Pirates boast highly rated minor league system

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If the descriptions of Gregory Polanco’s fabled athleticism don’t immediately intrigue people, the hard numbers and steady rise through the Pirates’ minor league system hammer home the value of the 22-year-old Dominican outfielder.

Polanco along with right-hander Jameson Taillon highlight a class of prospects who might steal the show at spring training, the yearly harbinger of hope that opens Wednesday when pitchers and catchers report to Pirate City in Bradenton, Fla.

Every major prospect publication or website has praised the Pirates’ system this winter — ranking it among the best in baseball for the collective depth of high-end prospects, and for specific individuals who project to be major league stars.

Baseball America crowned the Pirates’ system the best in baseball, the Sporting News ranks it among the top 3, and at least seven prospects rank in the top 100 of Baseball Prospectus, MLB.com and an annual list by ESPN analyst Keith Law.

“It’s not something that we strive for but it’s something that’s nice, I hope, for our fans to see the depth of our minor league system being recognized,” said general manager Neal Huntington. “It’s a testament to our scouts, international and amateur, and our player-development staff. We’ve talked for years. In our minds, they were doing a great job. Maybe this reaffirms that.”

Huntington inherited the team in 2007 and set out to rebuild from the ground up through player development, scouting and baseball operations.

“We’re not reinventing the wheel,” he said. “We don’t feel like we’ve got some magic formula but we wanted to accumulate the best talent we could on and off the field and use a systematic approach to develop that talent. It was about helping coaches become better coaches, our evaluators becoming better evaluators. Our players become better players.”

Polanco, on the 40-man roster after making the rise last year from high Class A Bradenton to Class AA Altoona and Class AAA Indianapolis, is fresh off an MVP winter in the Dominican League.

He batted .331 for Escojido, including 10 doubles, 5 homers and 28 RBIs, and was named the MVP and rookie of the year. He walked 28 times and struck out 34 in 166 at-bats.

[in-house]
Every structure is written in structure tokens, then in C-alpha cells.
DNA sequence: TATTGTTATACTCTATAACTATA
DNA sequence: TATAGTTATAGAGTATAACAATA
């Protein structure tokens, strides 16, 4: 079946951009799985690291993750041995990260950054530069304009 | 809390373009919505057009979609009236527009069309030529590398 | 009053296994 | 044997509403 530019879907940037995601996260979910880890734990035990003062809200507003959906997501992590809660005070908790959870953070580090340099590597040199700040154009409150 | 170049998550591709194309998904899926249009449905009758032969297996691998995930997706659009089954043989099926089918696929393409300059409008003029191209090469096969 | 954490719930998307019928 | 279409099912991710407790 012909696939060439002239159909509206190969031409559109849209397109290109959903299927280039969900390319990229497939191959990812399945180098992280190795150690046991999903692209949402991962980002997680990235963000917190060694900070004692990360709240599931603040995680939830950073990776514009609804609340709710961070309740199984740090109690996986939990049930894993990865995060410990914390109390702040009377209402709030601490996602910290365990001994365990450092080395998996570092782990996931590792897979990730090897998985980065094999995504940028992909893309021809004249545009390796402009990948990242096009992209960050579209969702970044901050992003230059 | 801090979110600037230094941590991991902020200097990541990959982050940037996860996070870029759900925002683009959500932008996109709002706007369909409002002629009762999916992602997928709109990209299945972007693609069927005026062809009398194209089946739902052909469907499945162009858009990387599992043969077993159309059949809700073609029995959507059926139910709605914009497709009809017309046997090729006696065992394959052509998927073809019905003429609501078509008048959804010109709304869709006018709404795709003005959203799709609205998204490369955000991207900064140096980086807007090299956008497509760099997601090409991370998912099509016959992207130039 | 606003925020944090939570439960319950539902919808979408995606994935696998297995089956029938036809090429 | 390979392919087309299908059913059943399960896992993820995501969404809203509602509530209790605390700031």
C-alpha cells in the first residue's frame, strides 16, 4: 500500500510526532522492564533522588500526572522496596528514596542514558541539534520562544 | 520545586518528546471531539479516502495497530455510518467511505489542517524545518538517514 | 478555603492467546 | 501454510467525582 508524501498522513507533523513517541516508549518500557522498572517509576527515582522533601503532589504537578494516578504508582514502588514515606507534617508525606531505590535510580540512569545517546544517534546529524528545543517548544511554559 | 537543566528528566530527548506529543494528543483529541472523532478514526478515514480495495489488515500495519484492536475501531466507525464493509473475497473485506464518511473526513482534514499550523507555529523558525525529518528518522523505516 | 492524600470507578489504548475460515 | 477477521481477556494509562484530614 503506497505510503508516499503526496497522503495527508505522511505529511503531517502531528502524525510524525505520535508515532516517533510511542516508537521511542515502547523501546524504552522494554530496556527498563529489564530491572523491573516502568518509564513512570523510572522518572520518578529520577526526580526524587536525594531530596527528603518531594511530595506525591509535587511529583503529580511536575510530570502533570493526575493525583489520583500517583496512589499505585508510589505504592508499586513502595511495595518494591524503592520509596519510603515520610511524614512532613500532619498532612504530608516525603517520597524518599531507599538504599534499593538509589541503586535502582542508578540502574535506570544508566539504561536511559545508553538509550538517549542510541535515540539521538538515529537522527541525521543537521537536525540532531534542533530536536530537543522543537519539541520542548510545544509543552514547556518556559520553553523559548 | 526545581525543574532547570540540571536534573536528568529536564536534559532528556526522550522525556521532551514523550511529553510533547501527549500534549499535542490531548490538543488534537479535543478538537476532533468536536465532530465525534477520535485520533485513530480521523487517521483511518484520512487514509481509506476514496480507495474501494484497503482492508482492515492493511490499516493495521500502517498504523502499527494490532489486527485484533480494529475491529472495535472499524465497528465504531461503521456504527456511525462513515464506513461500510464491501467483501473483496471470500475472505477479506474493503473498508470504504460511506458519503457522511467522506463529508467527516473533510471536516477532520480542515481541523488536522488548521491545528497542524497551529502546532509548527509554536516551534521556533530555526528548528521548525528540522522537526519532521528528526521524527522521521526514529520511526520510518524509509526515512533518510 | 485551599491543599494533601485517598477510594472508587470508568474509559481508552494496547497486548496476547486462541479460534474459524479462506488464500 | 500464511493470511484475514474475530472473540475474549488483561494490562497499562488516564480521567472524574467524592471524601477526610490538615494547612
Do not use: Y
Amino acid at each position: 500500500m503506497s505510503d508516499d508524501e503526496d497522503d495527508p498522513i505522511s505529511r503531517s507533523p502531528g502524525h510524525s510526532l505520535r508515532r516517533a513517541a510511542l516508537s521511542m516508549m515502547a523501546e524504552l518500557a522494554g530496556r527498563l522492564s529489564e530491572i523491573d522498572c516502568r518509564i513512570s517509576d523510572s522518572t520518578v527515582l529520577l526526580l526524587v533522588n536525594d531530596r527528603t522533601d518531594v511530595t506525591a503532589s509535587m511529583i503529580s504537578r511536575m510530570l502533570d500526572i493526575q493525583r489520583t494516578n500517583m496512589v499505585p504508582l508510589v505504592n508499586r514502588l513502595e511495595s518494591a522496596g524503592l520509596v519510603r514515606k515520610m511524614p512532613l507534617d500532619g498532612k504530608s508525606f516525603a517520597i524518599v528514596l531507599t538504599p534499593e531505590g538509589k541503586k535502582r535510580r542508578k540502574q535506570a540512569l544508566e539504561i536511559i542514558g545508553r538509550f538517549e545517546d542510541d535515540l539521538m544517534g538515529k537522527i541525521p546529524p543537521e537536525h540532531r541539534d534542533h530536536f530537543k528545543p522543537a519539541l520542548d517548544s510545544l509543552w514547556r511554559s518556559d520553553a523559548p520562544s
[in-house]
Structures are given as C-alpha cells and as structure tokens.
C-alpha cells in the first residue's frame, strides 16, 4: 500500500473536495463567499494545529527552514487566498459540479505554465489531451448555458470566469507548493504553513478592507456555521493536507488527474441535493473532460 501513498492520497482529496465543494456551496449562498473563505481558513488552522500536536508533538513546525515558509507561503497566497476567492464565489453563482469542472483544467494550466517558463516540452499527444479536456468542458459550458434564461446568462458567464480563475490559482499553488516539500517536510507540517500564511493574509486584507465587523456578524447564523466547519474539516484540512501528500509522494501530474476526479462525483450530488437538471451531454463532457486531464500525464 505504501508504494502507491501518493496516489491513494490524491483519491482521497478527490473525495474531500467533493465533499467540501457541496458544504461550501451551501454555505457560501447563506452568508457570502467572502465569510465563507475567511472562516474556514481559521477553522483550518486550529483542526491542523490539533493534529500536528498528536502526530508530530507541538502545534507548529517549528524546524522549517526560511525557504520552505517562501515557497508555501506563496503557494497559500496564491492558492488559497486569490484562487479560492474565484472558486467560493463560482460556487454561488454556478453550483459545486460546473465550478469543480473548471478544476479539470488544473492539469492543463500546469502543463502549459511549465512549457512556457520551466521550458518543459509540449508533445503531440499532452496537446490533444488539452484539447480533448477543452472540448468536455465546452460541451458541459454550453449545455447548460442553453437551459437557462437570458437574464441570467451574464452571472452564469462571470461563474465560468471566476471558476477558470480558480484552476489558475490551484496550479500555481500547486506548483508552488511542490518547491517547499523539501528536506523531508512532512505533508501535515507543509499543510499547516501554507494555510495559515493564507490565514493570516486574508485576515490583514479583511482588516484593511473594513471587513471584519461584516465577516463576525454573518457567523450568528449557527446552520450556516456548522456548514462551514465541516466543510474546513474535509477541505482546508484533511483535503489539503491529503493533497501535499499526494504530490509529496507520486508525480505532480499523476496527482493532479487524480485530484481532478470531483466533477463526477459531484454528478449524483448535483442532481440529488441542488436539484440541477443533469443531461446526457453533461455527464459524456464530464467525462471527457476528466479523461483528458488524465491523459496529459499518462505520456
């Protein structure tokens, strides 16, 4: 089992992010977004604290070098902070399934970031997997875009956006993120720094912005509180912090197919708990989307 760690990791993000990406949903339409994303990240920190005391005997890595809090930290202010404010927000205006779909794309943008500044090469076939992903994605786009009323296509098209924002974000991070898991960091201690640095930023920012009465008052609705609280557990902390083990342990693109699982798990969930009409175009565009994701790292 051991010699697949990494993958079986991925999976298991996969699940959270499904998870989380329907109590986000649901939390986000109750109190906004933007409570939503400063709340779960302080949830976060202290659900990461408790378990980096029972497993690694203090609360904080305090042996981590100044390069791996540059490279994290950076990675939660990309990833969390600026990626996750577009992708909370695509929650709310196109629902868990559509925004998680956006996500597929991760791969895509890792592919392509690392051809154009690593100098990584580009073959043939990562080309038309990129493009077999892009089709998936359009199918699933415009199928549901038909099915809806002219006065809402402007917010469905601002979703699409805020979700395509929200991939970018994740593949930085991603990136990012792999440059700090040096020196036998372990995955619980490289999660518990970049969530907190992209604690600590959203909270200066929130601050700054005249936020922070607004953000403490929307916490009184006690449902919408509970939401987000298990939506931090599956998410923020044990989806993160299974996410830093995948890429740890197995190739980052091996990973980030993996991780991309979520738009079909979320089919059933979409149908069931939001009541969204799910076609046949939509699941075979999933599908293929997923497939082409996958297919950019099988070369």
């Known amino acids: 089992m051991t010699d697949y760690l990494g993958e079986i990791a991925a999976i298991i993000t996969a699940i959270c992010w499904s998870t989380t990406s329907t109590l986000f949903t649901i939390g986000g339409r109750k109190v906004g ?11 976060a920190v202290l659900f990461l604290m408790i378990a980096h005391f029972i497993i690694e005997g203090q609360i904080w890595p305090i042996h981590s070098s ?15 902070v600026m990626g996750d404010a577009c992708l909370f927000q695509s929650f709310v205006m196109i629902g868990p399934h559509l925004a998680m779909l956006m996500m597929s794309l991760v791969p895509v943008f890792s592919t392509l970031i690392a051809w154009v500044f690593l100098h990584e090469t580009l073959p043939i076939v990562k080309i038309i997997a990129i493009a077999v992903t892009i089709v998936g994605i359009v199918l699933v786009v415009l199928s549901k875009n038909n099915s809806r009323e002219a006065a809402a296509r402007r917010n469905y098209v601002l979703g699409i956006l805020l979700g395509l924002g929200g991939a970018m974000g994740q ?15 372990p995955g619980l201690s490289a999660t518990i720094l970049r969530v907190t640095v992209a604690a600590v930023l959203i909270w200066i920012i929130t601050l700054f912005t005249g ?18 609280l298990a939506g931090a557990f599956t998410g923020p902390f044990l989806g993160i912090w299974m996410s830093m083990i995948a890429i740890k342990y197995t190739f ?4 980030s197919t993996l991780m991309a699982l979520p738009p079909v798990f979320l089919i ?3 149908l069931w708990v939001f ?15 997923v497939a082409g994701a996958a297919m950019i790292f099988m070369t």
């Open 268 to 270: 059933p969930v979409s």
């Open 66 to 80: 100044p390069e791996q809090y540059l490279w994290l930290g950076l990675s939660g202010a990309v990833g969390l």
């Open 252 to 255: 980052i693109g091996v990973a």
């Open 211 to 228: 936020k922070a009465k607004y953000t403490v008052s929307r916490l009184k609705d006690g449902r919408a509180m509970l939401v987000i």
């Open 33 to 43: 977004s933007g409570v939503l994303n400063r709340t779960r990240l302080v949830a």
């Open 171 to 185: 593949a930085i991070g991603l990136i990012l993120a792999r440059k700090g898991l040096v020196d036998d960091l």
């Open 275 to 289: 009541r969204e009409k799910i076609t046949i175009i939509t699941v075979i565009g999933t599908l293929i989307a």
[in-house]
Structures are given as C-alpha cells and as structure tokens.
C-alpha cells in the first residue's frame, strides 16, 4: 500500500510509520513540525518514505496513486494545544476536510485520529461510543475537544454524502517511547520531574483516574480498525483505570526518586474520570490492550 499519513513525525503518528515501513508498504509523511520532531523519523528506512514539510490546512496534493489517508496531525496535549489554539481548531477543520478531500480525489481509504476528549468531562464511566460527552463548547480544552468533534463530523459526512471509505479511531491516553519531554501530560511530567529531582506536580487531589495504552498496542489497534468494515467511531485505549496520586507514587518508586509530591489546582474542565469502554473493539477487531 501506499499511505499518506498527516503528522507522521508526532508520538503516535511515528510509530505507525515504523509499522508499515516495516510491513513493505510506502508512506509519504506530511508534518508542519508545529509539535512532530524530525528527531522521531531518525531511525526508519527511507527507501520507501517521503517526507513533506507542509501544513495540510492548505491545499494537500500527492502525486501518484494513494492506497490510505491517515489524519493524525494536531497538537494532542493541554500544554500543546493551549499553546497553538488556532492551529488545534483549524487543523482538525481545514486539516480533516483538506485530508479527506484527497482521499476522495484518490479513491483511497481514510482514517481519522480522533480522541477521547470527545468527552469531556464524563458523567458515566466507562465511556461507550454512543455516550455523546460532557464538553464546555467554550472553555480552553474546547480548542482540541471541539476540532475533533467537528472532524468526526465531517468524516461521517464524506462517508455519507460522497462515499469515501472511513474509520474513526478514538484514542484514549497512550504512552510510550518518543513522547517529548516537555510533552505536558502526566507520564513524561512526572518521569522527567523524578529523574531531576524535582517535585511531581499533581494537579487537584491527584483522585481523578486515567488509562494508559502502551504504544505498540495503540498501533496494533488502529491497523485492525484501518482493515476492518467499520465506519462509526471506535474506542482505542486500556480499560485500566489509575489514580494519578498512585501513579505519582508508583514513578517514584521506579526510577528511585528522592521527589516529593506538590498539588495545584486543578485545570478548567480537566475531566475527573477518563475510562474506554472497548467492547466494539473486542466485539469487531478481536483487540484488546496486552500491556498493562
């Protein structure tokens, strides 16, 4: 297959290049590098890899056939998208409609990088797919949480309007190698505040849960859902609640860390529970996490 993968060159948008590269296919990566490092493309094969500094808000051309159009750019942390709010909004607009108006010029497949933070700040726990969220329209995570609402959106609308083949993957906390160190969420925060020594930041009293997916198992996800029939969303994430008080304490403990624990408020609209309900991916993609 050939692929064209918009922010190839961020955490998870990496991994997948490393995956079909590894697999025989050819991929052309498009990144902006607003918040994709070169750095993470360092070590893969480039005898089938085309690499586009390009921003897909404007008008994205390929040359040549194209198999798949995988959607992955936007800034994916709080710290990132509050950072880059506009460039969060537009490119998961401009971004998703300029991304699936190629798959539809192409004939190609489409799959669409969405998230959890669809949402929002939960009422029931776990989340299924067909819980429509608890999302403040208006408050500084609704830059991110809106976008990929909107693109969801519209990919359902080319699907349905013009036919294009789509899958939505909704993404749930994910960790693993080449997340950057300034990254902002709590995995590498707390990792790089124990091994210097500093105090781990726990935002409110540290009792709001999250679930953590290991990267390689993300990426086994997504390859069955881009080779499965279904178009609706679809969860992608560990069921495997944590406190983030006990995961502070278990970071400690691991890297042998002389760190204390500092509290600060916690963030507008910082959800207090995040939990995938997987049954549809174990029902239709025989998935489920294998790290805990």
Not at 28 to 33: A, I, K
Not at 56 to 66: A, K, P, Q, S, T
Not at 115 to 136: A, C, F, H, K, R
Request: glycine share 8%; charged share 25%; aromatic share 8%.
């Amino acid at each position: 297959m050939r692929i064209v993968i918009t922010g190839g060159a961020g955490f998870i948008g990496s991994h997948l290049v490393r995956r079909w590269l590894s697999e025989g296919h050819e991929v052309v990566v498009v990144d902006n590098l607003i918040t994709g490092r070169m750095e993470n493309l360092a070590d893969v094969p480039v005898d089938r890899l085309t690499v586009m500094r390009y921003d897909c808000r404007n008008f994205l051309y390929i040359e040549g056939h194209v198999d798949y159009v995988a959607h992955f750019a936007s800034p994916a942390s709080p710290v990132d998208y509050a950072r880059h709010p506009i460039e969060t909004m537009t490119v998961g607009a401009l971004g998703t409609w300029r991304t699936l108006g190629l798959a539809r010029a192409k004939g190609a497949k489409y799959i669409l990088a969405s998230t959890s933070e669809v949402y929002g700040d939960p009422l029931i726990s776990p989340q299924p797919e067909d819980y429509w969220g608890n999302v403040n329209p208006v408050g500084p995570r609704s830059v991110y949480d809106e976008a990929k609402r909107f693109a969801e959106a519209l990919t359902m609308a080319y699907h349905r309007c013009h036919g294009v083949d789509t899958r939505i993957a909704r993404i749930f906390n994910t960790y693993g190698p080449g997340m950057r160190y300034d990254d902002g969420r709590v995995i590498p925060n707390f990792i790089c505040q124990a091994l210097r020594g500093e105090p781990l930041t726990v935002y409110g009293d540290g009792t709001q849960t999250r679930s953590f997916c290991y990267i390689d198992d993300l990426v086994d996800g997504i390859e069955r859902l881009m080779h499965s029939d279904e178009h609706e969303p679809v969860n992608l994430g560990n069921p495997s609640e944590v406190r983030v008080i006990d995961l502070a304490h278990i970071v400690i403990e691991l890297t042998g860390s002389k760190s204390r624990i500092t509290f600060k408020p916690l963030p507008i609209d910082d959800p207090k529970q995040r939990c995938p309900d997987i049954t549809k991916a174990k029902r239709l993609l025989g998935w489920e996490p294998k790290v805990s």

He has been compared to a young Darryl Strawberry because, like the former New York Mets star, he has lithe, long and effortless strides and possesses the stature and athleticism of an NBA star. He is branded a classic five-tool player.

“Well, I think when you look at him from a scouting standpoint he’s capable of anything. Capable of being a franchise type player,” said Larry Broadway, the club’s director of minor league operations. “He’s a tremendous young man with a lot of integrity. He’s an excellent athlete. Can run, throw, hit for average. He has power, defense. From purely what he has and what he’s worked for, there’s no limit to put on him.”

Taillon, the club’s top pitching prospect, went a combined 5-10 last season in the minors with a 3.73 ERA before making four quality starts to close the year with Indianapolis in Class AAA. He has a fastball in the mid-90s, a big curveball, but …

“He has to continue to work on his changeup. We value changeup usage highly with our starting pitching for a number of reasons,” said Broadway. “He is really just learning the art of using his weapons to attack major league-caliber hitters. He had a taste last year, continued to move up in the levels. It’s more than just going out there and throwing 97 with a big curveball. There’s a lot more to go into it than that.”

There is hope both can be ready this season, and, with questions in right field and the starting rotation, increasing pressure for their arrival in the majors.

Huntington is quick to warn neither will be elevated before their time.

“The worst thing we can do is rush a player because we have a need,” said Huntington. “We need to remain disciplined and bring players to the big leagues when not only they’re ready, but when they’re ready to help a team win in a playoff-type environment. That’s a very different level of readiness criteria. If it’s Taillon or Polanco or the next wave of guys, it’s not always going to work. We’re going to have to send some guys back sometimes. We’d rather be a month too late than a day too early.”

Five other highly regarded prospects will be in the minor league camp — right-handed pitcher Tyler Glasnow, 20; catcher Reese McGuire, 19; outfielder Josh Bell, 21; right-handed pitcher Nick Kingham, 22; and outfielder Austin Meadows, 19.

Jenn Menendez: jmenendez@post-gazette.com and Twitter @JennMenendez.

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